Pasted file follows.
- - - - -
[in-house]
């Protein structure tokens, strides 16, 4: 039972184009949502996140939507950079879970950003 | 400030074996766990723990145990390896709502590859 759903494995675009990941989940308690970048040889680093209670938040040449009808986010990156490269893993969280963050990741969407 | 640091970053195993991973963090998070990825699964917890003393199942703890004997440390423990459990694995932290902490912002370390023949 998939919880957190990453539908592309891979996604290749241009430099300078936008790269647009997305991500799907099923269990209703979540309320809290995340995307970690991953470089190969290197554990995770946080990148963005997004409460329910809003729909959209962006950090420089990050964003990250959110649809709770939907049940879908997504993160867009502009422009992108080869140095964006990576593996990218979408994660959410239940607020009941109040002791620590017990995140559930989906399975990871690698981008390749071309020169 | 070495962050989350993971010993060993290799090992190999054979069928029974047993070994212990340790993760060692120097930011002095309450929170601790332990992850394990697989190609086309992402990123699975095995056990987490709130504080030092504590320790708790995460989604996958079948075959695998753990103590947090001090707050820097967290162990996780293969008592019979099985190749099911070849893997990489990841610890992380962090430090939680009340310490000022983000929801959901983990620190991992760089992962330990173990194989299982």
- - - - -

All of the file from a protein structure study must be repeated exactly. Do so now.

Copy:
[in-house]
């Protein structure tokens, strides 16, 4: 039972184009949502996140939507950079879970950003 | 400030074996766990723990145990390896709502590859 759903494995675009990941989940308690970048040889680093209670938040040449009808986010990156490269893993969280963050990741969407 | 640091970053195993991973963090998070990825699964917890003393199942703890004997440390423990459990694995932290902490912002370390023949 998939919880957190990453539908592309891979996604290749241009430099300078936008790269647009997305991500799907099923269990209703979540309320809290995340995307970690991953470089190969290197554990995770946080990148963005997004409460329910809003729909959209962006950090420089990050964003990250959110649809709770939907049940879908997504993160867009502009422009992108080869140095964006990576593996990218979408994660959410239940607020009941109040002791620590017990995140559930989906399975990871690698981008390749071309020169 | 070495962050989350993971010993060993290799090992190999054979069928029974047993070994212990340790993760060692120097930011002095309450929170601790332990992850394990697989190609086309992402990123699975095995056990987490709130504080030092504590320790708790995460989604996958079948075959695998753990103590947090001090707050820097967290162990996780293969008592019979099985190749099911070849893997990489990841610890992380962090430090939680009340310490000022983000929801959901983990620190991992760089992962330990173990194989299982």